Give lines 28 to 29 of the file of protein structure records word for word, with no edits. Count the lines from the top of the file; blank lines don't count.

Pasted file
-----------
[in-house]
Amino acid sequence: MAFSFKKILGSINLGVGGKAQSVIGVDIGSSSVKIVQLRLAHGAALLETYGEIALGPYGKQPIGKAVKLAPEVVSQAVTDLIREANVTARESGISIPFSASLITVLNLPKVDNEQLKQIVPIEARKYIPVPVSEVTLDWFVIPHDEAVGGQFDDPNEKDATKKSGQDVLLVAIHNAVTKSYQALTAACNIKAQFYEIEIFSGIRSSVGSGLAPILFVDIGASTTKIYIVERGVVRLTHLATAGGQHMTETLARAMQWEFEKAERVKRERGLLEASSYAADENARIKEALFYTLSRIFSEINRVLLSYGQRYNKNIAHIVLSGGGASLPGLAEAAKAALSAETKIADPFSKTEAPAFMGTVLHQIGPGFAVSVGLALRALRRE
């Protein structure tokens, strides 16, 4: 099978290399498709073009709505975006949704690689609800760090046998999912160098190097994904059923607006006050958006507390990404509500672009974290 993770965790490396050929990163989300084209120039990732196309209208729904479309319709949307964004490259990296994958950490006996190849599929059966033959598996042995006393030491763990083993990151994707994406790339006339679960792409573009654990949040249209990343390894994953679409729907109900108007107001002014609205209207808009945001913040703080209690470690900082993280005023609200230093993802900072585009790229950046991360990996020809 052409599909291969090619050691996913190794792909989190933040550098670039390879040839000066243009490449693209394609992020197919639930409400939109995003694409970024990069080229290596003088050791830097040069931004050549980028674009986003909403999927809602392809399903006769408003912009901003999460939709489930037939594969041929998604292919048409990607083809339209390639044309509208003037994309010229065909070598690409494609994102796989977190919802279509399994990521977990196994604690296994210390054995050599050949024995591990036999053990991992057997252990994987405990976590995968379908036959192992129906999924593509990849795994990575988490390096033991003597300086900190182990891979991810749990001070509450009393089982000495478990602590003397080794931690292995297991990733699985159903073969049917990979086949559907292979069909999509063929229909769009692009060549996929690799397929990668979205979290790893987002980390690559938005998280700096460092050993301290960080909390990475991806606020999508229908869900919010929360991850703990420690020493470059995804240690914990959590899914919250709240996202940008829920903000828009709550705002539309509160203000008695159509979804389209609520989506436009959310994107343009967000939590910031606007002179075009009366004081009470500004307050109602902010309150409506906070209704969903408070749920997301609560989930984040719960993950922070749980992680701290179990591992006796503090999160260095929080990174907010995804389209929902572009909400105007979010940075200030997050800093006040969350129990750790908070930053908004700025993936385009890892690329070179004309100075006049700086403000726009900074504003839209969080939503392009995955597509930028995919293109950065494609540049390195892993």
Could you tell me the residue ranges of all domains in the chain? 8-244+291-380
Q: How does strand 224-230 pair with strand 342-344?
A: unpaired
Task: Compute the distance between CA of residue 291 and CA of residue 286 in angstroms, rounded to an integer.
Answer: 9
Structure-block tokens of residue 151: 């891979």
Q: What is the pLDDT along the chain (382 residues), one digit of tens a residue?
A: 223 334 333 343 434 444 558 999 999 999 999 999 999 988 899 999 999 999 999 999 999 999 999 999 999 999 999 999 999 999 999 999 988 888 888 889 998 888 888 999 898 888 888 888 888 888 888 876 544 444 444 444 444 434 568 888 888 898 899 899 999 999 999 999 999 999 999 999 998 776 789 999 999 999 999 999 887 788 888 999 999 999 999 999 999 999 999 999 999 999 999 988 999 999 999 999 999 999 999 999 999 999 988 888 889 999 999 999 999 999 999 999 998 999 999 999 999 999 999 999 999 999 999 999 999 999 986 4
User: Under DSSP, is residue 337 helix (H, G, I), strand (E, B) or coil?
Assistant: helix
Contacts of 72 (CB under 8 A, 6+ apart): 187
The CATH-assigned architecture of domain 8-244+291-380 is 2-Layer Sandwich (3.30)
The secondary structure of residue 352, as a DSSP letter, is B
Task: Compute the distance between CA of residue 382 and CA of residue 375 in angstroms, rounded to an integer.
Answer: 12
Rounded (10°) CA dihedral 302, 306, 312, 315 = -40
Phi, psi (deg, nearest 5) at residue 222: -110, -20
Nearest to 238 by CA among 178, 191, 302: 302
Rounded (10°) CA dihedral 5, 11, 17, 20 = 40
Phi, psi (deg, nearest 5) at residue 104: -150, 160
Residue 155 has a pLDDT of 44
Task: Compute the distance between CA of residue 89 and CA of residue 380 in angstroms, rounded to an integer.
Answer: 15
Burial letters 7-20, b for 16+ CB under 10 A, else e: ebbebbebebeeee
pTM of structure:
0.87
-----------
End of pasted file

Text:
pTM of structure:
0.87